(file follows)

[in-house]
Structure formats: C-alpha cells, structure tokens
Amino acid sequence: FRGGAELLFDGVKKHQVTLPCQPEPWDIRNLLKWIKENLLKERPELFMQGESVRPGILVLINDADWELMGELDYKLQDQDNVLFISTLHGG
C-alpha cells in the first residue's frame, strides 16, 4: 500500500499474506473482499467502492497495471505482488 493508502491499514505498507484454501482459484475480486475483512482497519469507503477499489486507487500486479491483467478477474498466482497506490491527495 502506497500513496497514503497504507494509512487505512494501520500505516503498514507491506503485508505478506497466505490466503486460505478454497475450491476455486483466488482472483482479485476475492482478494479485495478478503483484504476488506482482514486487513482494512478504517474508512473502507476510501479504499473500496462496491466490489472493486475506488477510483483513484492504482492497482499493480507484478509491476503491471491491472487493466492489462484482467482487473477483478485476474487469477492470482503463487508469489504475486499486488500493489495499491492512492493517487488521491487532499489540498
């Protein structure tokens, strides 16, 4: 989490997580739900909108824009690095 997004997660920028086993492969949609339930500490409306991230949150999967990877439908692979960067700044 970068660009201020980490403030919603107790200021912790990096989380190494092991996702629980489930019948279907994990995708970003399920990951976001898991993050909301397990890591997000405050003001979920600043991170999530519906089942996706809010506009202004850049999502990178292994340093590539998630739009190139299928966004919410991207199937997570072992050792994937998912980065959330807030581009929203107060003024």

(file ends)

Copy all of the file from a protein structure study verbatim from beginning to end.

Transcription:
[in-house]
Structure formats: C-alpha cells, structure tokens
Amino acid sequence: FRGGAELLFDGVKKHQVTLPCQPEPWDIRNLLKWIKENLLKERPELFMQGESVRPGILVLINDADWELMGELDYKLQDQDNVLFISTLHGG
C-alpha cells in the first residue's frame, strides 16, 4: 500500500499474506473482499467502492497495471505482488 493508502491499514505498507484454501482459484475480486475483512482497519469507503477499489486507487500486479491483467478477474498466482497506490491527495 502506497500513496497514503497504507494509512487505512494501520500505516503498514507491506503485508505478506497466505490466503486460505478454497475450491476455486483466488482472483482479485476475492482478494479485495478478503483484504476488506482482514486487513482494512478504517474508512473502507476510501479504499473500496462496491466490489472493486475506488477510483483513484492504482492497482499493480507484478509491476503491471491491472487493466492489462484482467482487473477483478485476474487469477492470482503463487508469489504475486499486488500493489495499491492512492493517487488521491487532499489540498
């Protein structure tokens, strides 16, 4: 989490997580739900909108824009690095 997004997660920028086993492969949609339930500490409306991230949150999967990877439908692979960067700044 970068660009201020980490403030919603107790200021912790990096989380190494092991996702629980489930019948279907994990995708970003399920990951976001898991993050909301397990890591997000405050003001979920600043991170999530519906089942996706809010506009202004850049999502990178292994340093590539998630739009190139299928966004919410991207199937997570072992050792994937998912980065959330807030581009929203107060003024």